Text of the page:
The situation calls, above all, for an attitude change among male corporate leaders, says Harvard Business School business administration professor Boris Groysberg, who, together with colleague Deborah Bell, conducted a series of studies among more than 1,000 board members across the world, both male and female. Among the findings from the three-year research was a sharp discrepancy between the experiences of female executives and how they were perceived by their male colleagues. For instance, while many of the female respondents said they did not feel as part of the team, their male colleagues seemed to be completely unaware of this. Another thing Groysberg and Bell found was that, despite this being the 21st century, women still had to be more qualified than men in order to be considered for an executive position and they also had to make greater personal sacrifices to be promoted, as suggested by the fact that a greater portion of them were divorced as compared with their male counterparts. On the plus side, however, Groysberg and Bell’s research revealed that, contrary to popular belief, female executives were not mostly in supporting roles — 68% of the female sample were in positions such as chief executive officer, partner or president, compared to 51% of the male sample. These findings emphatically contradict the established traditional view of male leaders that there are simply not enough sufficiently qualified women to take up executive positions.

So, what can be done, aside from awareness raising and campaigning for greater representation of women on executive boards? One approach, that has been employed by a number of European countries, is imposing mandatory quotas for female executives but, says Laurent-Ottomane, this may not be the best thing to do as it is a forceful measure that would make companies bring in female executives just to fill the quota but it would not change attitudes and warrant a quality board. In Australia and Britain there have been initiatives calling for corporates to publicly disclose their gender make-up and voluntarily raise the number of female executives, respectively. Both have led to an actual increase in women working in executive positions. Voluntary works, there is no doubt about it, and it is safe to conclude that the main thing is engaging male company leaders in seeking and promoting diversity, something on which Laurent-Ottoman and Falk agree. Driving diversity higher up the corporate agenda and maintaining its place there would pave the way to a greater equality between genders in the C-suite, especially, as McKinsey’s report discovered, if this engagement penetrates not just the leadership of a company, but all levels of it. Only when everyone working for a company is fully aware of the benefits that gender diversity can bring in, not just in terms of financial performance, but also in terms of corporate culture, will there be a good chance of eliminating female underrepresentation.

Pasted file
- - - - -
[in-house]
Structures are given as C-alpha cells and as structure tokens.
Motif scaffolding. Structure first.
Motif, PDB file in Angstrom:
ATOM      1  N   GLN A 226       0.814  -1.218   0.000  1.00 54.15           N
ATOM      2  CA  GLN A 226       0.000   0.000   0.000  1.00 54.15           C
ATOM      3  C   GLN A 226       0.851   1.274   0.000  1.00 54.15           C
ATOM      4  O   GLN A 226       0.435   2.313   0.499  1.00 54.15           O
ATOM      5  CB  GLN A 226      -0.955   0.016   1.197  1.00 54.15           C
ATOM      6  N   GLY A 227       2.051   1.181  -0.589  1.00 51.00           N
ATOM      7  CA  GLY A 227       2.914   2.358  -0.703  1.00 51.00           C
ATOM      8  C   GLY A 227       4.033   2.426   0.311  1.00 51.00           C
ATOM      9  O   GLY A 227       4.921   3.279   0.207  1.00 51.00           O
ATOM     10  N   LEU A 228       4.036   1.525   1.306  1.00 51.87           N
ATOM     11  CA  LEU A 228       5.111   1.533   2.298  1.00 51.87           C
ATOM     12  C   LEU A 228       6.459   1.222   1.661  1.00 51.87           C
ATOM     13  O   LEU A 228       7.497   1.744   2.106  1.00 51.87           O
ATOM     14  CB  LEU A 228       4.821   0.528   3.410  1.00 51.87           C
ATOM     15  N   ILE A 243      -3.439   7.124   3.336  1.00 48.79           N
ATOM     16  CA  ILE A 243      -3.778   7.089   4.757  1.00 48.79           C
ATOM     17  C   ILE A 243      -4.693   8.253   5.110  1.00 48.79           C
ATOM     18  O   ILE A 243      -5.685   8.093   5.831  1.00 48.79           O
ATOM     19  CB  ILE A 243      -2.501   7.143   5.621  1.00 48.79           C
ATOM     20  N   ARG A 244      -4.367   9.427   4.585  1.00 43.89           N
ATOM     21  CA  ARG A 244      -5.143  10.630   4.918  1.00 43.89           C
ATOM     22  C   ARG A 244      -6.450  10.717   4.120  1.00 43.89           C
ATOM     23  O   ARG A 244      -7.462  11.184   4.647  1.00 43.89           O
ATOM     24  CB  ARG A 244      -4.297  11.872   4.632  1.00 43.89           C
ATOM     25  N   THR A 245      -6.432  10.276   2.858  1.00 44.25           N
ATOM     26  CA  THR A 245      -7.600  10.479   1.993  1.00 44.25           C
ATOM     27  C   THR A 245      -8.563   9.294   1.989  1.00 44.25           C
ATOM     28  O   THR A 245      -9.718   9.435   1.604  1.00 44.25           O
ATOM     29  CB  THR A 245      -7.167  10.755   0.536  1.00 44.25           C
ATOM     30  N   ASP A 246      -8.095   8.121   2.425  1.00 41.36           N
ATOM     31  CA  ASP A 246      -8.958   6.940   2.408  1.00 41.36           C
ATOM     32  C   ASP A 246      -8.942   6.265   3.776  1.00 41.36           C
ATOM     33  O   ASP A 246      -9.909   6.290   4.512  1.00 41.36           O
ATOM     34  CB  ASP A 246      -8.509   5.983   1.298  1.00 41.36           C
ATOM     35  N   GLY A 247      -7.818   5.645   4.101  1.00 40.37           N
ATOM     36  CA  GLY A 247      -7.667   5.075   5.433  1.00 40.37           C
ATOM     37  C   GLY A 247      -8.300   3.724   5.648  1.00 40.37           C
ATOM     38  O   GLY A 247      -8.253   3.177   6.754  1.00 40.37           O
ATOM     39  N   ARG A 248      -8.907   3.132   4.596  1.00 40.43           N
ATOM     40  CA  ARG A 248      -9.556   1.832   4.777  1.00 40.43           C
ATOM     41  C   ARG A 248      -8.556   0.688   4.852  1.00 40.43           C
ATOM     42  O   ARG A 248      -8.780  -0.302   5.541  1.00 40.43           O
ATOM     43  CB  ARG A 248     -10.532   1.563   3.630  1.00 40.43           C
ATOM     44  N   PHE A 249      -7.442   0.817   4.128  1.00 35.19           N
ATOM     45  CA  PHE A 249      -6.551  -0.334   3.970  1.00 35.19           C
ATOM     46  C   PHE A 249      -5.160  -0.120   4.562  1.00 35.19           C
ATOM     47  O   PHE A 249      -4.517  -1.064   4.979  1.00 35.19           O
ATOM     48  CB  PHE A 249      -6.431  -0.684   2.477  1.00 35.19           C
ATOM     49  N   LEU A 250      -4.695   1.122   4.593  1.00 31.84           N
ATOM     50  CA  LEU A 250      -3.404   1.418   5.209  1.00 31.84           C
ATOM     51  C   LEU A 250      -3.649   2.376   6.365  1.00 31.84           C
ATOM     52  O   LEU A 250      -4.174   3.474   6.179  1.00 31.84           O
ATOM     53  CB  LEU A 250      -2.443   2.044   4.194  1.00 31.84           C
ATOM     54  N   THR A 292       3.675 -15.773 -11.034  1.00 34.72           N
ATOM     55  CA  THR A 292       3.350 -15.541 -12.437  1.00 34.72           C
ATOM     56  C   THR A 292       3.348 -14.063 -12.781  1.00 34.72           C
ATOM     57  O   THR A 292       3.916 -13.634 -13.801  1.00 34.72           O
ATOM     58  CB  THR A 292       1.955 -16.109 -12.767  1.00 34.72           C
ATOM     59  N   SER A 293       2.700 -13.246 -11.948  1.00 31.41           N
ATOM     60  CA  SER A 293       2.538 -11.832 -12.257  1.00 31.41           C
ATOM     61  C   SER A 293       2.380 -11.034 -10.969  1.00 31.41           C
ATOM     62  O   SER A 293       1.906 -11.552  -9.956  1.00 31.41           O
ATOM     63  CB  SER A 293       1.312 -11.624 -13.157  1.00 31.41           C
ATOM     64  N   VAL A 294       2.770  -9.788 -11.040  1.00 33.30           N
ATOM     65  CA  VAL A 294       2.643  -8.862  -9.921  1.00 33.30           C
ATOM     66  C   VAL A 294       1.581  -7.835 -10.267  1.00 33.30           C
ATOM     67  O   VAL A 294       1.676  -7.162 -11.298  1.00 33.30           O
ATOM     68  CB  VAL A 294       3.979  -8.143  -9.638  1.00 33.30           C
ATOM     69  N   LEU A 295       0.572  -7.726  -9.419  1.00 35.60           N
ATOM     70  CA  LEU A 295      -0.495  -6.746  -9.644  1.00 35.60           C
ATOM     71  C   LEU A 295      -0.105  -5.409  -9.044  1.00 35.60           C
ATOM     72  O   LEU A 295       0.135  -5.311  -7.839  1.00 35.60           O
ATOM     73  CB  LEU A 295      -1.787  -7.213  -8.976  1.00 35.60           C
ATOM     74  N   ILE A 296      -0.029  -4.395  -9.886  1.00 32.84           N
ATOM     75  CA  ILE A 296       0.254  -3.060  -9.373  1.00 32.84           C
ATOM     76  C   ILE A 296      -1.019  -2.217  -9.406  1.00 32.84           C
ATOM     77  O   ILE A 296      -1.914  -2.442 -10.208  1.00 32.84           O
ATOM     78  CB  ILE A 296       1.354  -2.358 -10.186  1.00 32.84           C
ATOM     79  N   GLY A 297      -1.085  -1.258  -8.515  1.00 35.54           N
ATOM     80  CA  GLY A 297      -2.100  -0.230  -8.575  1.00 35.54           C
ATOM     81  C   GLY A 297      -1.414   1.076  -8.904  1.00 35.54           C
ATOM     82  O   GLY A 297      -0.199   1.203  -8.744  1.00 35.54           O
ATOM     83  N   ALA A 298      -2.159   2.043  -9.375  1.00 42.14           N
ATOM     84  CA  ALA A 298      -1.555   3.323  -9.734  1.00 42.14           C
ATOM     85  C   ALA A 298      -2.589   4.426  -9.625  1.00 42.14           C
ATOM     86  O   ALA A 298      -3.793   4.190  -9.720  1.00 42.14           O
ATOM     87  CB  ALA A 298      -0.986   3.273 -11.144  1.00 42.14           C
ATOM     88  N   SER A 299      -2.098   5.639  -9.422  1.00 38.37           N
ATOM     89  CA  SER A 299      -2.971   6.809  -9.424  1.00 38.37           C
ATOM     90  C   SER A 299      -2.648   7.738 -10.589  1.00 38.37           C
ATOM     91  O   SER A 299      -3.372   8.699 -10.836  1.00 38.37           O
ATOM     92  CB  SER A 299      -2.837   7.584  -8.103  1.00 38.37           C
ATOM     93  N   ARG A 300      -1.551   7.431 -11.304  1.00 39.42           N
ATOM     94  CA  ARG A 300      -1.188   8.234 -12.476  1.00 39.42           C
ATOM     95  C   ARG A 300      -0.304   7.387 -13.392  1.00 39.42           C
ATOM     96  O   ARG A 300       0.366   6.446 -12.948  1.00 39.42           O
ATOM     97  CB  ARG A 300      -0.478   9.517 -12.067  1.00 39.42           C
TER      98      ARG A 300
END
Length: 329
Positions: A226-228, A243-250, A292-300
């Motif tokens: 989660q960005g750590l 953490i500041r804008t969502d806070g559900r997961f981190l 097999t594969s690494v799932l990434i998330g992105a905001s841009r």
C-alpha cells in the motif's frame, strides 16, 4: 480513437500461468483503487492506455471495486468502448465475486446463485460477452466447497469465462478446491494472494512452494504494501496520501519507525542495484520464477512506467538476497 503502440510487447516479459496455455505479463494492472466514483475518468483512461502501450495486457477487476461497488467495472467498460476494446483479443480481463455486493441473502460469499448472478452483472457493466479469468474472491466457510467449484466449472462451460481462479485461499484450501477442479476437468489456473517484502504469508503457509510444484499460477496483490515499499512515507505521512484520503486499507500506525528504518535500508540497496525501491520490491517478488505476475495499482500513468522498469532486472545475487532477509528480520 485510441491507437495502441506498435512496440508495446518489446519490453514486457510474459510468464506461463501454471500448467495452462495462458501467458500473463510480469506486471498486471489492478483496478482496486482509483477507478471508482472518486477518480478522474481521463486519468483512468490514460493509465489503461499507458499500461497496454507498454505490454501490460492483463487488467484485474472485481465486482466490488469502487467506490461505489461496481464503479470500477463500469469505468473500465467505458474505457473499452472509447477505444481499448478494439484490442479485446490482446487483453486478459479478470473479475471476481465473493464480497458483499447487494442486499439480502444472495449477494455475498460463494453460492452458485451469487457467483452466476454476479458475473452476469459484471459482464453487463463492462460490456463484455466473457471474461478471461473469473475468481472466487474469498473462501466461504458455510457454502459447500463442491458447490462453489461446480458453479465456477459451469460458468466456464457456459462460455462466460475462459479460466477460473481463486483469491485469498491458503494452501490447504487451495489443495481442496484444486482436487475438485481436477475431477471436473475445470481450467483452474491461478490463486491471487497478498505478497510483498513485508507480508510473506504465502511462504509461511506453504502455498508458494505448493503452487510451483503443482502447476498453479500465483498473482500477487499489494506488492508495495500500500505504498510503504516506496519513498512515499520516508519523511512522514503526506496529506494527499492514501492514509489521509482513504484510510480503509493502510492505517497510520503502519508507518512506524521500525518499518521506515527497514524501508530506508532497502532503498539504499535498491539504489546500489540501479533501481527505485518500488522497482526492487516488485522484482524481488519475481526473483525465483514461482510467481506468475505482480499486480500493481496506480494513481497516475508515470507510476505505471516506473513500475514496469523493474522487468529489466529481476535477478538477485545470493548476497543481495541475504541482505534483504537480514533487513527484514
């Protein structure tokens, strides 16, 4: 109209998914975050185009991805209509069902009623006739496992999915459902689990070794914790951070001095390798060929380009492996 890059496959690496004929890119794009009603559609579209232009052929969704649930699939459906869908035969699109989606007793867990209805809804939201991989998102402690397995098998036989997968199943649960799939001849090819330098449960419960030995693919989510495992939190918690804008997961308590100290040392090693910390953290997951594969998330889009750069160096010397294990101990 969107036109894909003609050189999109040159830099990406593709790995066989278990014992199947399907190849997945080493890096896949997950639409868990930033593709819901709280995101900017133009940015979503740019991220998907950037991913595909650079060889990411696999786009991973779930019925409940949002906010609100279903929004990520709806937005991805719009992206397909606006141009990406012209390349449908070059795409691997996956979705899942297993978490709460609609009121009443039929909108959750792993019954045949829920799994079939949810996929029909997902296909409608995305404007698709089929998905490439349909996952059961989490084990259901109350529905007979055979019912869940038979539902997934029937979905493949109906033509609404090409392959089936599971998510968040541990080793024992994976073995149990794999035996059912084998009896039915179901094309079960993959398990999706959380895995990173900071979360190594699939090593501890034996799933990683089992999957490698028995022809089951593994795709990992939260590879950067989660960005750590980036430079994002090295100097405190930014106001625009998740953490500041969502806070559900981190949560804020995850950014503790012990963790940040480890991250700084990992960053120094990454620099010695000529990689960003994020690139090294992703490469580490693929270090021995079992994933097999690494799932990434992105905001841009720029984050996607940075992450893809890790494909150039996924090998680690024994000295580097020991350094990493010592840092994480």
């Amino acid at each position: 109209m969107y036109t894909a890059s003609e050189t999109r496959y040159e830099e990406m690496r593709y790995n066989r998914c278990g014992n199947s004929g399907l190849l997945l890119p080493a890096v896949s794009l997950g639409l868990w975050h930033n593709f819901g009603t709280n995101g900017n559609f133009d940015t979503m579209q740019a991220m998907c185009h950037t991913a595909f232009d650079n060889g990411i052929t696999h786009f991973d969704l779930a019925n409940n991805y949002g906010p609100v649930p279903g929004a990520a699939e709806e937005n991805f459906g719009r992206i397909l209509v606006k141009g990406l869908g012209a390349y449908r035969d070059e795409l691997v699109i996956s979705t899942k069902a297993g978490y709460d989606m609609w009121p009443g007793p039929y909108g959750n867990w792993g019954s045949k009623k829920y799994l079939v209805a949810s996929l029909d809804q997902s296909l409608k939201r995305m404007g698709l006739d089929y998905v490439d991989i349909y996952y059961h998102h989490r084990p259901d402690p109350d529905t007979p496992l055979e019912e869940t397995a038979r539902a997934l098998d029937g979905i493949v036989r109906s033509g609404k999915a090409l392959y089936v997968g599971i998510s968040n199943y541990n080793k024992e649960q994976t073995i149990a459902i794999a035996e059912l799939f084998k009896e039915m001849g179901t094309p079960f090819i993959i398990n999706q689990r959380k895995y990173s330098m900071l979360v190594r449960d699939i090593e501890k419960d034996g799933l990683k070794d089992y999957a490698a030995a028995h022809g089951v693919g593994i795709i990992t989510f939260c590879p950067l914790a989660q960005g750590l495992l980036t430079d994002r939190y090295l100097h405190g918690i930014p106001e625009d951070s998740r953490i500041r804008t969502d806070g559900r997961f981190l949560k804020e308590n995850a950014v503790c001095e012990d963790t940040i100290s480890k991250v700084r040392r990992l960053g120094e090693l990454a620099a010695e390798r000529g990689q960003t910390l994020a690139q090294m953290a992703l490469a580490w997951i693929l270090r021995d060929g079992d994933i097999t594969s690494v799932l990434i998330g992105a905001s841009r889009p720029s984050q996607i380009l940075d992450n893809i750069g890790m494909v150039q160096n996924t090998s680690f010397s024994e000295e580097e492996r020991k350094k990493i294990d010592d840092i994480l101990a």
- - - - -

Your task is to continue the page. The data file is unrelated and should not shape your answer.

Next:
1. Working Mother. “2013 Working Mother 100 Best Companies”.  http://www.workingmother.com/node/146788/list

2. Wallace, Kelly: “No movement for women at the top in corporate America”, CNN, 11 December, 2013 http://edition.cnn.com/2013/12/11/living/no-change-on-women-board-seats-parents/

3. Catalyst. “Catalyst Quick Take: Women in U.S. Management and Labor Force”. New York: Catalyst, 2013. http://www.catalyst.org/knowledge/women-us-management-and-labor-force

4. Catalyst. “Catalyst Report: Linking Performance and Gender Balance on the Board”.

5. Goodkind, Nicole. “Female Hedge Fund Managers Ruled the Markets in 2012”, Blogs, Yahoo! Finance, 17 January 2013. http://finance.yahoo.com/blogs/daily-ticker/female-hedge-fund-managers-ruled-markets-2012-135223093.html

6. McKinsey&Company, “Women Matter: Making the Breakthrough”, 2012. http://www.mckinsey.com/features/women_matter

7. Rothstein Kass, “Hedge Fund Outlook: Water, Water, Everywhere”, April 2013. http://www.rkco.com/getattachment/6a25b752-557f-4112-b59a-2096370e9aff/Hedge-Fund-Outlook-Water-Water-Everywhere

8. Groysberg, Boris; Bell, Deborah. “Dysfunction in the Boardroom.” Harvard Business Review. June 2013. http://hbr.org/2013/06/dysfunction-in-the-boardroom/ar/1